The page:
Juliet Paine

Juliet Paine is a poet, who in her professional life teaches English to to
secondary students at Loreto College. Her first poetry collection, Poems for a Paranoid Generation was published by Ginninderra Press. Juliet is currently working on a second with the help of an Arts SA grant.

This is not cliché

Deconstructing the other’s mind
Powderfinger on the radio
and rain’s many fingers playing
scales across the bonnet

It’s all about intentionally
misplacing shyness
Forgetting to collect $200
as you pass “GO”
Abstaining from lover’s rhetoric
except for hands
that slide and coax

There is nothing but quiet

apart from dogs
fucking in bushes

From Friendly Street No. 25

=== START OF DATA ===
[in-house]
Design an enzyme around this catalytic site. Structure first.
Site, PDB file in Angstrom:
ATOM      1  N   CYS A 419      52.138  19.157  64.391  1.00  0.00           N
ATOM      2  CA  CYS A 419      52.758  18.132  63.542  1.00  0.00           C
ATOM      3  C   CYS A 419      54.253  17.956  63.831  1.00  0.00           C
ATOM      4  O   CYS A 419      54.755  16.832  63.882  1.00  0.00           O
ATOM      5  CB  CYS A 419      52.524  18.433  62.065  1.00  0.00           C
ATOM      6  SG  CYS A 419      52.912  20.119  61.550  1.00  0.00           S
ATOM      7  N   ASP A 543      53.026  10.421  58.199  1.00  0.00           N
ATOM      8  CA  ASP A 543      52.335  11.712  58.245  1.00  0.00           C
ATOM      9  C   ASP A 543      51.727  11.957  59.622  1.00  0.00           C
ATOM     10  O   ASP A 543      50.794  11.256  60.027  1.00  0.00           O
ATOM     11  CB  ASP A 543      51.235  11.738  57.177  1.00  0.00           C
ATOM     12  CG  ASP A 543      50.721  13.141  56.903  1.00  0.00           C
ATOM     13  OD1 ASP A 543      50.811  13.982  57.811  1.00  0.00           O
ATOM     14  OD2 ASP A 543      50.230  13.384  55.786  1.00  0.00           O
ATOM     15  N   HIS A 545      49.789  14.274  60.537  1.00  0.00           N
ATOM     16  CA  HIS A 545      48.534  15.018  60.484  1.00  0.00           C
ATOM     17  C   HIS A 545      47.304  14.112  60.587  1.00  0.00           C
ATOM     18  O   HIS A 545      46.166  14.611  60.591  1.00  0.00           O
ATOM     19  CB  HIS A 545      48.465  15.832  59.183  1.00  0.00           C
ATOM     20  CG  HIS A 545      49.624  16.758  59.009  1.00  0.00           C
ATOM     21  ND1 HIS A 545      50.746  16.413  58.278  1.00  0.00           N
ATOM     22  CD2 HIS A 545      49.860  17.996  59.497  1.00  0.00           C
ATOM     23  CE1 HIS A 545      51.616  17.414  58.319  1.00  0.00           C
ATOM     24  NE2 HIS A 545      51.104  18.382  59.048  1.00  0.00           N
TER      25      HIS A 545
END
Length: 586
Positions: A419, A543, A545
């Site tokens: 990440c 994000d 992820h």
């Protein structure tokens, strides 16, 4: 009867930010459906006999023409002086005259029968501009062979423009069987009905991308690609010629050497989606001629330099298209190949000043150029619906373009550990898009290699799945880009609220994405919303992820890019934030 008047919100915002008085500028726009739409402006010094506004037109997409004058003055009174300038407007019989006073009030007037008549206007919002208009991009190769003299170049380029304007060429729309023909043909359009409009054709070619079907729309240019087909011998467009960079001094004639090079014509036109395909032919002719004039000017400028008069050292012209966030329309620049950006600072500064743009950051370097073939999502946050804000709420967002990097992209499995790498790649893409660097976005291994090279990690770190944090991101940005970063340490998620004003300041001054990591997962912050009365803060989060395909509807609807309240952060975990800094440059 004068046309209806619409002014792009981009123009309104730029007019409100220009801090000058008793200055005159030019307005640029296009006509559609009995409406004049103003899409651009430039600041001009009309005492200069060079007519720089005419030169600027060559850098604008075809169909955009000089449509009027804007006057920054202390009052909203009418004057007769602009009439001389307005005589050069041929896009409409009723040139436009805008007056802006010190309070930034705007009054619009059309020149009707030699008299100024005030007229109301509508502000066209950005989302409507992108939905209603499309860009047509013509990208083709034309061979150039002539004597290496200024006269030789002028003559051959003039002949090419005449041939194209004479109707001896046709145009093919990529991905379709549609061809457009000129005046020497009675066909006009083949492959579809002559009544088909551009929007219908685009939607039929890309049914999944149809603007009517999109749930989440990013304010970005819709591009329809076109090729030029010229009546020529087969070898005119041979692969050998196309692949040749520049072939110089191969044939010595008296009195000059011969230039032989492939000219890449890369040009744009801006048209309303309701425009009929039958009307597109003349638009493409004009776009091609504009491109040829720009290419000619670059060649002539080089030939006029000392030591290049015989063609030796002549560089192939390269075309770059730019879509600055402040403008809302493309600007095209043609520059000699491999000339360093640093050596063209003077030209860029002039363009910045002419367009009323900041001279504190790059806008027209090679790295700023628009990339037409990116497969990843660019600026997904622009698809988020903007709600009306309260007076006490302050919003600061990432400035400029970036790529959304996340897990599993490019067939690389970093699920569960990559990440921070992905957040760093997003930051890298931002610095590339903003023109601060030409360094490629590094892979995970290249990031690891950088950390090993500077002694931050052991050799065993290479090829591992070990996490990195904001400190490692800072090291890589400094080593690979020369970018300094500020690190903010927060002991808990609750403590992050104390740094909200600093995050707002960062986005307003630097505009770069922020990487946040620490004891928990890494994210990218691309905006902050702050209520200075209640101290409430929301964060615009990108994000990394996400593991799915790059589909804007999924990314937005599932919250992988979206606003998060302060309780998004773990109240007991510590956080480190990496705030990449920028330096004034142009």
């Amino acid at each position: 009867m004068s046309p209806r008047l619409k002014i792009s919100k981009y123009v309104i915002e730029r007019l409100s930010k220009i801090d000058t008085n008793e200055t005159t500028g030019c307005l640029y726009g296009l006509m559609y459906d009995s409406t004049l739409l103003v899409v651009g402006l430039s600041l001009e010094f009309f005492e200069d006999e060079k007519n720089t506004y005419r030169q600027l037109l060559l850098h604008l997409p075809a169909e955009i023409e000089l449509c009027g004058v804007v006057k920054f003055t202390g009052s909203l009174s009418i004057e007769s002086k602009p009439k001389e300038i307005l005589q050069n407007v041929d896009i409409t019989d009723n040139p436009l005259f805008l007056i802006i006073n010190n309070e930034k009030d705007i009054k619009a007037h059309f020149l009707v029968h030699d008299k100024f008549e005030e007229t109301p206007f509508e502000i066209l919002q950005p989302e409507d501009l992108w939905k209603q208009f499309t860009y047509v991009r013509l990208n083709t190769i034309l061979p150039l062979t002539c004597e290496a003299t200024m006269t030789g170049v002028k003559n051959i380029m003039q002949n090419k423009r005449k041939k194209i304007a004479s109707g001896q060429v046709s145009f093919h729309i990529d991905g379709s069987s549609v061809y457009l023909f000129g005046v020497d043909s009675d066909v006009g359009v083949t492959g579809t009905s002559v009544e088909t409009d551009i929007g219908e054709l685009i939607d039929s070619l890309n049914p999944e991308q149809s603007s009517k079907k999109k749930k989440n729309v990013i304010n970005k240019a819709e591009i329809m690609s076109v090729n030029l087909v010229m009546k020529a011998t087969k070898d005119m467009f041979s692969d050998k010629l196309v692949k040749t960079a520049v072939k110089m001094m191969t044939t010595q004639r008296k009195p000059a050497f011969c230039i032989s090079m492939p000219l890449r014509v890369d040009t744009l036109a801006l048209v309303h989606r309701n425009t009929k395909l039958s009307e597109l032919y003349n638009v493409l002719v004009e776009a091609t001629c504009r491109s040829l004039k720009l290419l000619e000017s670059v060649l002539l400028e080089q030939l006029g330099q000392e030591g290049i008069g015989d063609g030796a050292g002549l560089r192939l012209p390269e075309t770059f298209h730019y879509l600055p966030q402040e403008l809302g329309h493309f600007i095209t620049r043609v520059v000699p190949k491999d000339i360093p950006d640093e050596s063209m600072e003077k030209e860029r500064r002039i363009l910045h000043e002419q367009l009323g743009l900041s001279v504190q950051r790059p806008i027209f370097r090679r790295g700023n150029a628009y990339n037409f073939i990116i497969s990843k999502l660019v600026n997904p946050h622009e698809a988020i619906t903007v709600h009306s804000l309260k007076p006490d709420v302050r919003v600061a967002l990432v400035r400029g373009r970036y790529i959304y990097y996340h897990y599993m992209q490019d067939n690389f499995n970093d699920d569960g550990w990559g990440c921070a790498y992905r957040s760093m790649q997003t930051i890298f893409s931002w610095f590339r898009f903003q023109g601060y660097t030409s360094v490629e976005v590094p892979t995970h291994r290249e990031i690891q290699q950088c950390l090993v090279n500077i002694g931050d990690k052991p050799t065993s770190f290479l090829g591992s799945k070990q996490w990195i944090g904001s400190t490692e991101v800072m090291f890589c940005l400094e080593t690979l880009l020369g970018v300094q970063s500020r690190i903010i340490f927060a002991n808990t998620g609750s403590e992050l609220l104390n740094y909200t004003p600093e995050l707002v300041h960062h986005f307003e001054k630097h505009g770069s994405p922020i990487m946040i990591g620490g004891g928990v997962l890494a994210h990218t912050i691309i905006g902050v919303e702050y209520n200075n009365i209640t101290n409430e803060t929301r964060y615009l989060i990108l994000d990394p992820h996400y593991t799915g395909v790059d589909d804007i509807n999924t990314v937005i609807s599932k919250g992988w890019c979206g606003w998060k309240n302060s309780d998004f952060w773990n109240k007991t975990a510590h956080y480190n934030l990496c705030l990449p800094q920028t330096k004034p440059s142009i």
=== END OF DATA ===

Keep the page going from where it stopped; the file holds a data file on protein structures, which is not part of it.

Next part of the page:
Waiting for A

I sit at the Art Gallery
a stone porch of Doric columns
& Latin overtones
quietly reading Roethke.

I linger for the rhythm
among the traffic & rain.
But the engines
aren’t percussion
& hurrying footsteps
don’t quite snare me
with their drum.

Maybe it’s country & western,
melancholic folk pop,
The Lemonheads, Belle & Sebastian,
that sends me humming
“The State I’m In”.


Without edge of the seat
and by turning pages fingers
watching Adelaide turn grey with
as my words twist on tongue

The wind jabs across North Terrace.
Short, sharp punches
That upper-cut umbrellas
& KO pedestrians.

From Friendly Street No. 26

The Dentist

He used to dream of oil rigs
living in the north Scottish sea
drilling for oil
instead of teeth
but dirt bothered him

From age five
he’d scrub the sin of dust
out of his skin
as well as make the bathroom
white with disinfectant noise

It was when he discovered
the perfection of smiles
failed to get into medicine
that he decided to become
an architect of enamel

Now days,
it’s root canals
removing plaque
restructuring, straightening up smiles
all with hairdresser chattiness
and the skill of a failed North Sea oil driller

From Friendly Street No. 30